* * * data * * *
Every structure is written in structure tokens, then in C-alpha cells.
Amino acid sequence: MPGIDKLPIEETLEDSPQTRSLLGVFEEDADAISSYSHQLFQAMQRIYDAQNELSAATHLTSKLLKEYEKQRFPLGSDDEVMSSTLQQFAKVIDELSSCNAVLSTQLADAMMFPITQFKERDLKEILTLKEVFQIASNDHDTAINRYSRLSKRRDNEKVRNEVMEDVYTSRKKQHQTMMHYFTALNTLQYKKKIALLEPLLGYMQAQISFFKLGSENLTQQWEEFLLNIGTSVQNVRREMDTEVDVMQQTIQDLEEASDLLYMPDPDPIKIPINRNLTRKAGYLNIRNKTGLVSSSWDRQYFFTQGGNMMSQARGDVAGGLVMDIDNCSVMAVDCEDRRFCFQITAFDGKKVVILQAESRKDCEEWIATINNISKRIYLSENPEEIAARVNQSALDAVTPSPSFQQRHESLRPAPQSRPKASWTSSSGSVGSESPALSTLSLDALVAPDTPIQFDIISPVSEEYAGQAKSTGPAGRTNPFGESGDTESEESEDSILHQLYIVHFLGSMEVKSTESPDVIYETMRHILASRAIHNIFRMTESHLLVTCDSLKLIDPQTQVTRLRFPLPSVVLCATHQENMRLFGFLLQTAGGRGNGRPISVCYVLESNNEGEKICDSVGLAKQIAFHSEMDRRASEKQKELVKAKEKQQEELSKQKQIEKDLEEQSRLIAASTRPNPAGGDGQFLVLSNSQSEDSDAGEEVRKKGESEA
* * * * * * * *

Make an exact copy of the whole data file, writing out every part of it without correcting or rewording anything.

Every structure is written in structure tokens, then in C-alpha cells.
Amino acid sequence: MPGIDKLPIEETLEDSPQTRSLLGVFEEDADAISSYSHQLFQAMQRIYDAQNELSAATHLTSKLLKEYEKQRFPLGSDDEVMSSTLQQFAKVIDELSSCNAVLSTQLADAMMFPITQFKERDLKEILTLKEVFQIASNDHDTAINRYSRLSKRRDNEKVRNEVMEDVYTSRKKQHQTMMHYFTALNTLQYKKKIALLEPLLGYMQAQISFFKLGSENLTQQWEEFLLNIGTSVQNVRREMDTEVDVMQQTIQDLEEASDLLYMPDPDPIKIPINRNLTRKAGYLNIRNKTGLVSSSWDRQYFFTQGGNMMSQARGDVAGGLVMDIDNCSVMAVDCEDRRFCFQITAFDGKKVVILQAESRKDCEEWIATINNISKRIYLSENPEEIAARVNQSALDAVTPSPSFQQRHESLRPAPQSRPKASWTSSSGSVGSESPALSTLSLDALVAPDTPIQFDIISPVSEEYAGQAKSTGPAGRTNPFGESGDTESEESEDSILHQLYIVHFLGSMEVKSTESPDVIYETMRHILASRAIHNIFRMTESHLLVTCDSLKLIDPQTQVTRLRFPLPSVVLCATHQENMRLFGFLLQTAGGRGNGRPISVCYVLESNNEGEKICDSVGLAKQIAFHSEMDRRASEKQKELVKAKEKQQEELSKQKQIEKDLEEQSRLIAASTRPNPAGGDGQFLVLSNSQSEDSDAGEEVRKKGESEA